Releases weren't too bad.  Par for the course, really.  Roughly released volumes every other month, just like everyone else.  True, sometimes titles may have been delayed, but we've all been there.  Media Blasters actually has a worse track record than Bandai, in my opinion.

The only real difference I can see is dubbing, but heaven forbid that I should even insinuate that this attributed to Bandai's problems. (hint hint: I think it didn't help things)
And yes, still so, so bitter about this.
So, what else could it be?  Perhaps the series they licensed just weren't popular enough.  Let's see: Haruhi, Lucky Star, tons of Gundam, K-ON, The Girl Who Leapt Through Time, Code Geass...I could go on and on.  So the hits are there.  Sure, there are some flops, but overall not a bad lineup.  People screamed for K-On, people praised Haruhi, people lusted for Gundam....actually, that sounds really really wrong. 

Honestly, you can't really pinpoint one exact problem that caused this to happen.  However, here is a short list, perhaps I can elaborate on it later, on what I think caused this:

1) Started subbing more series
2) Delayed series box sets way longer than they should
3) Pricing model was pretty bad
4) Virtually no digital presence (iTunes, Amazon, hulu, proprietary video site)
5) Slacking off on advertising
6) Japanese parent company can make Bandai seem redundant.
7) Few television deals
8) And I can't stress this enough.  PIRACY.

So one big problem was presence.  The more presence you have with an audience, the more they remember you.  Look at Funimation.  How many times have you seen banners for their series on any given website compared to Bandai?  A lot more.  More advertisements, more presence, give customers more reasons to not illegally watch series.  Funimation several times puts out an episode or two of a series online, for free, to show people a series.  This has caused me to buy series like Eden of the East and Baccano.  If you don't offer some form of streaming in this day and age, you are really shooting yourself in the foot.

Also, anyone who even casually pays attention to the American anime industry should have seen this coming long ago.  When Bandai started to push more subbed-only releases out the door, when Bang-Zoom employees started to work more with Funimation, when the Bandai online store closed its doors, when they screwed up Hayate, when fewer series was being licensed, when the Lucky Star OVA was subbed, when they decided to license Boo Boo Kaga Boo manga series...this wad inevitable.  Bandai was showing distress signs for years and now it has come to a head.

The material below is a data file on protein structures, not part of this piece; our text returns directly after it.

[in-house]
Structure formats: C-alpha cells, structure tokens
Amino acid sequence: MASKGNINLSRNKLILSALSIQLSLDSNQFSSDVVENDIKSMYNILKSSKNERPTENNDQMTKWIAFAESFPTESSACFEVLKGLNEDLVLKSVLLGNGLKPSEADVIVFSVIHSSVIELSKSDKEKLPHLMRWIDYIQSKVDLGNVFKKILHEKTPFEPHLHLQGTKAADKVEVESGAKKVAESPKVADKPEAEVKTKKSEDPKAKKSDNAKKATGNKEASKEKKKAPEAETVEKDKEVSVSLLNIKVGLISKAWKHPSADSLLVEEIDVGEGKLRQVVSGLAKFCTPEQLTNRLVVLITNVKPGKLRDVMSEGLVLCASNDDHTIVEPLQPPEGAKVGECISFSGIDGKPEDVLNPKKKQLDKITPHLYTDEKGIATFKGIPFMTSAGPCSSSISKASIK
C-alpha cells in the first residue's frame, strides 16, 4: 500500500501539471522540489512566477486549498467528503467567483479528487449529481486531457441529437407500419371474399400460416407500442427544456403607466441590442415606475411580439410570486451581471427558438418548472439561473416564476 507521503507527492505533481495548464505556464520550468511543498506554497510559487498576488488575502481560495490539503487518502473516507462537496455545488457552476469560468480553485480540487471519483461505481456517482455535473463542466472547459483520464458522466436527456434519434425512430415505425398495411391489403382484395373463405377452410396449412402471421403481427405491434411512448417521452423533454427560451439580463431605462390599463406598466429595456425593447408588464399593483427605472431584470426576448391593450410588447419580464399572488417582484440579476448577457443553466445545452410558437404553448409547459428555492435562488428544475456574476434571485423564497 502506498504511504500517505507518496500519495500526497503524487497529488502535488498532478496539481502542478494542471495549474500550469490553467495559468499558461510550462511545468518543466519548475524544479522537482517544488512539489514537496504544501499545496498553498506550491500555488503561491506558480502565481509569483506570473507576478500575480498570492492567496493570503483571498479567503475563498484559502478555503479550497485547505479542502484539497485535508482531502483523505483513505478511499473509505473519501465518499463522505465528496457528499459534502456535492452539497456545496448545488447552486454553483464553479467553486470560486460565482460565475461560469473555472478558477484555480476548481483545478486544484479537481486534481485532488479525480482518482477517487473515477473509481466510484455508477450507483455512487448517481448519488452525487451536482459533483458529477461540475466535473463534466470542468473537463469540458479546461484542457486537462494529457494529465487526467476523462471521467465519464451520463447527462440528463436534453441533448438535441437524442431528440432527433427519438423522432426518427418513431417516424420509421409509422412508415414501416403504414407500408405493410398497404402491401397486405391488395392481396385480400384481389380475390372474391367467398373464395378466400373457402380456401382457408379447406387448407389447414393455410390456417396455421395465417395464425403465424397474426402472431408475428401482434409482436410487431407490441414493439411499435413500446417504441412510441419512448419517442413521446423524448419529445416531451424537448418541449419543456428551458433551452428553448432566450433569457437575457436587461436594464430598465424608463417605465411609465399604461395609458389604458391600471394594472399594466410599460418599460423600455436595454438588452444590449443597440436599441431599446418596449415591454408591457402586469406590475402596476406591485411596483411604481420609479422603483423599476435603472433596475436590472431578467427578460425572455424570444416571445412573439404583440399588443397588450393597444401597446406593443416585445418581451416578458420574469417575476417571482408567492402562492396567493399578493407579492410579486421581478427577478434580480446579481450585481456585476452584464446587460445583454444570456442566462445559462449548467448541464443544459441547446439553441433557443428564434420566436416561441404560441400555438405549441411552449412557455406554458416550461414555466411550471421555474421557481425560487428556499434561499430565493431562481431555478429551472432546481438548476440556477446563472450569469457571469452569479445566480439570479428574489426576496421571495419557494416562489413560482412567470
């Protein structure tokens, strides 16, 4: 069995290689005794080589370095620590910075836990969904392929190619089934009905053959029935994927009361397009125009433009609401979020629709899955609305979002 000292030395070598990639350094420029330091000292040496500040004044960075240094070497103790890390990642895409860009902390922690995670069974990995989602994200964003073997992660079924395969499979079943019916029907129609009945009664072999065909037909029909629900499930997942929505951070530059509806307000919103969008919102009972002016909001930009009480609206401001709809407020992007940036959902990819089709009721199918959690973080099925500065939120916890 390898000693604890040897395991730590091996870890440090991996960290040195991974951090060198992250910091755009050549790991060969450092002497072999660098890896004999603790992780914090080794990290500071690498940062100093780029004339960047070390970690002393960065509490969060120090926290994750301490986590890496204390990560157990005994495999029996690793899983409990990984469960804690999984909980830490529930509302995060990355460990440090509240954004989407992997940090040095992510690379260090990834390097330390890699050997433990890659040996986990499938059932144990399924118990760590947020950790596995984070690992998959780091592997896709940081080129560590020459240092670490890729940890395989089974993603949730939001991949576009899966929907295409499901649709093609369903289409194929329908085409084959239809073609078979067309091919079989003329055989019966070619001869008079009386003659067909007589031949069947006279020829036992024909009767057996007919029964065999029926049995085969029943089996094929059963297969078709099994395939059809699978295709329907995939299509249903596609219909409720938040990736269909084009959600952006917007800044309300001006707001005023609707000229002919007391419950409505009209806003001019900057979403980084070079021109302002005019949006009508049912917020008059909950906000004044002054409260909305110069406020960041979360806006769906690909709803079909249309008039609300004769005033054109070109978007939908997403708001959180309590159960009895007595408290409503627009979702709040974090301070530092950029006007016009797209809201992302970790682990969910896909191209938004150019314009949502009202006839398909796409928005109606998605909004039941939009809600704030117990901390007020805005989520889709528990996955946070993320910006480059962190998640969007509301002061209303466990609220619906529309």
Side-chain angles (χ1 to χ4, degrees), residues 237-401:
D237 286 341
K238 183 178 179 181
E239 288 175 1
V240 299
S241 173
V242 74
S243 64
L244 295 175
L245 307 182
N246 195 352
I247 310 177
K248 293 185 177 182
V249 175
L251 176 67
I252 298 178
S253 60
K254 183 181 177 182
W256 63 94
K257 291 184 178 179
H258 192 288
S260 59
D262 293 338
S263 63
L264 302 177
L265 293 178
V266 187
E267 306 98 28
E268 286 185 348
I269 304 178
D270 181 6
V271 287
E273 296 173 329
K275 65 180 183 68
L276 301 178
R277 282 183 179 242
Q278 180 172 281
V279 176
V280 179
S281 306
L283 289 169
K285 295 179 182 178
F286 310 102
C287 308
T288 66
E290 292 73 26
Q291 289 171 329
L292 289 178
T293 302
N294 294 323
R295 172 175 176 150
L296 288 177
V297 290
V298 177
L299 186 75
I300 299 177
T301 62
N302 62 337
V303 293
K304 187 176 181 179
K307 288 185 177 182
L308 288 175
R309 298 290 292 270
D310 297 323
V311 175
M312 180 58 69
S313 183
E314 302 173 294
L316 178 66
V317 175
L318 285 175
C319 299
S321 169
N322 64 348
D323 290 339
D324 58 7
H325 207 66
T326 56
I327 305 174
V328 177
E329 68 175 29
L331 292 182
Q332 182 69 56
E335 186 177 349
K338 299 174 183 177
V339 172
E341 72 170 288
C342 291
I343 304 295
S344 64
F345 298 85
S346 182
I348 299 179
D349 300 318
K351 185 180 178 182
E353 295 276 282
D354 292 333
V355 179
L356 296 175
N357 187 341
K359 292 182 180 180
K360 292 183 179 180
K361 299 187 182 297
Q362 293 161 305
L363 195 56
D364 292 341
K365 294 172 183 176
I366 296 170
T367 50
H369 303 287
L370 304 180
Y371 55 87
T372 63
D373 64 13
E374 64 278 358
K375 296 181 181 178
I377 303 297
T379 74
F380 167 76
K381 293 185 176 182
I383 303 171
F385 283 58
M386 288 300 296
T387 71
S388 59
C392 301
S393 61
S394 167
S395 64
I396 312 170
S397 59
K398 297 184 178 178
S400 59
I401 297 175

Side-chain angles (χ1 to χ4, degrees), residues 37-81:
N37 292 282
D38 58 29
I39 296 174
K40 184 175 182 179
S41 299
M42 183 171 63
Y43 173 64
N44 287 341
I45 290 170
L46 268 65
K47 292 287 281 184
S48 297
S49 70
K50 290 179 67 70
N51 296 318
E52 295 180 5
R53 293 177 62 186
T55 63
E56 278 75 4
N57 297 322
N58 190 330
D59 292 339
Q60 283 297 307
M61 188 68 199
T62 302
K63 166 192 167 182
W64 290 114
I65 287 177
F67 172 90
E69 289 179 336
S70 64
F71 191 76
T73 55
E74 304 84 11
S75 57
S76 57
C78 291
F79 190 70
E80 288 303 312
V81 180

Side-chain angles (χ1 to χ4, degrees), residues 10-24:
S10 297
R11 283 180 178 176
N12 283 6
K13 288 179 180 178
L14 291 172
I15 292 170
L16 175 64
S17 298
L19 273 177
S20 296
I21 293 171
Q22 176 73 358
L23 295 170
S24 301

Now putting the analyst away in me, I will offer this.  This sucks.  There are no two ways about it.  Even though Bandai was my favorite punching bag, I have to admit that I am saddened by one less licensor out there.  Now it will be up to the other companies if we ever want to see more Gundam, or K-ON, (or Hayate to get a box set, HINT HINT).  Also, this is going to affect a lot of people and jobs.  I'm not just talking the people that work at Bandai Entertainment, but also for the companies that helped with distribution.  Bang Zoom was a major Bandai supporter so losing that anime chunk will mean less work for voice actors and producers.  Also, Bandai was involved with some manga series which...well, I personally won't miss, but I know others will.  Now we won't get the gag series of Lucky Star's Kagami turning into a chibi pig sort of a relief (seriously, aside from die-hard fans, who would buy that? I'm a pretty big Lucky Star fan and even I think that premise is too ridiculous to check out.)  Also Gosick which I looked at a few days ago and really wanted to see.  Now my only hope is someone rescuing it.

In the end, I will miss Bandai, and this sucks for people in the American anime industry and fans alike.  I also have to switch from picking on Bandai to picking on Media Blasters because...well, they aren't much better and if I were to put money on another American distributor biting the dust, it would be them, not that I wish that at all.

While you are just fading away and not outright leaving the industry, I still feel like I can end this post with a cliche trope:

R.I.P. Bandai